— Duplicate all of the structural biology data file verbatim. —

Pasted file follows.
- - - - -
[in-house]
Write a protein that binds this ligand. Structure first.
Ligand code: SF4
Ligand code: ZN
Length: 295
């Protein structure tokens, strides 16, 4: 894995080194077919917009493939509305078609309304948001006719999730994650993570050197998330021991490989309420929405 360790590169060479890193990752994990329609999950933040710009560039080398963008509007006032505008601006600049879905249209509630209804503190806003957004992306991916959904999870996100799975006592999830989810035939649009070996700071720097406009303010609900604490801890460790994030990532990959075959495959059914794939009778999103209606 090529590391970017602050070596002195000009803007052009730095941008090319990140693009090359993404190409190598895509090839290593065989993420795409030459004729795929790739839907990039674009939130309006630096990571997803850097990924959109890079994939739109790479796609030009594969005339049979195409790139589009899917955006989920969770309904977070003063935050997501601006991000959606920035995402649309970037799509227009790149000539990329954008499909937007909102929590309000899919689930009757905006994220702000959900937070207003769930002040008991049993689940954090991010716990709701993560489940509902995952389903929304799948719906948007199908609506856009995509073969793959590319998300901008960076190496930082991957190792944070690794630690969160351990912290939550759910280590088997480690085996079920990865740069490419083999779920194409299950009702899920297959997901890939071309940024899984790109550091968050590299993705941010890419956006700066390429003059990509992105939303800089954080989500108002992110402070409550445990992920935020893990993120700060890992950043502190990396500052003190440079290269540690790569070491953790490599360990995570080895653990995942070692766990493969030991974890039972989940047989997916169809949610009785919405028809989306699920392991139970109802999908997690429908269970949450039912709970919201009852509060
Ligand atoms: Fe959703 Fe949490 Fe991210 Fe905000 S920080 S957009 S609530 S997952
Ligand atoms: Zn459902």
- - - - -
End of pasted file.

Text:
[in-house]
Write a protein that binds this ligand. Structure first.
Ligand code: SF4
Ligand code: ZN
Length: 295
């Protein structure tokens, strides 16, 4: 894995080194077919917009493939509305078609309304948001006719999730994650993570050197998330021991490989309420929405 360790590169060479890193990752994990329609999950933040710009560039080398963008509007006032505008601006600049879905249209509630209804503190806003957004992306991916959904999870996100799975006592999830989810035939649009070996700071720097406009303010609900604490801890460790994030990532990959075959495959059914794939009778999103209606 090529590391970017602050070596002195000009803007052009730095941008090319990140693009090359993404190409190598895509090839290593065989993420795409030459004729795929790739839907990039674009939130309006630096990571997803850097990924959109890079994939739109790479796609030009594969005339049979195409790139589009899917955006989920969770309904977070003063935050997501601006991000959606920035995402649309970037799509227009790149000539990329954008499909937007909102929590309000899919689930009757905006994220702000959900937070207003769930002040008991049993689940954090991010716990709701993560489940509902995952389903929304799948719906948007199908609506856009995509073969793959590319998300901008960076190496930082991957190792944070690794630690969160351990912290939550759910280590088997480690085996079920990865740069490419083999779920194409299950009702899920297959997901890939071309940024899984790109550091968050590299993705941010890419956006700066390429003059990509992105939303800089954080989500108002992110402070409550445990992920935020893990993120700060890992950043502190990396500052003190440079290269540690790569070491953790490599360990995570080895653990995942070692766990493969030991974890039972989940047989997916169809949610009785919405028809989306699920392991139970109802999908997690429908269970949450039912709970919201009852509060
Ligand atoms: Fe959703 Fe949490 Fe991210 Fe905000 S920080 S957009 S609530 S997952
Ligand atoms: Zn459902």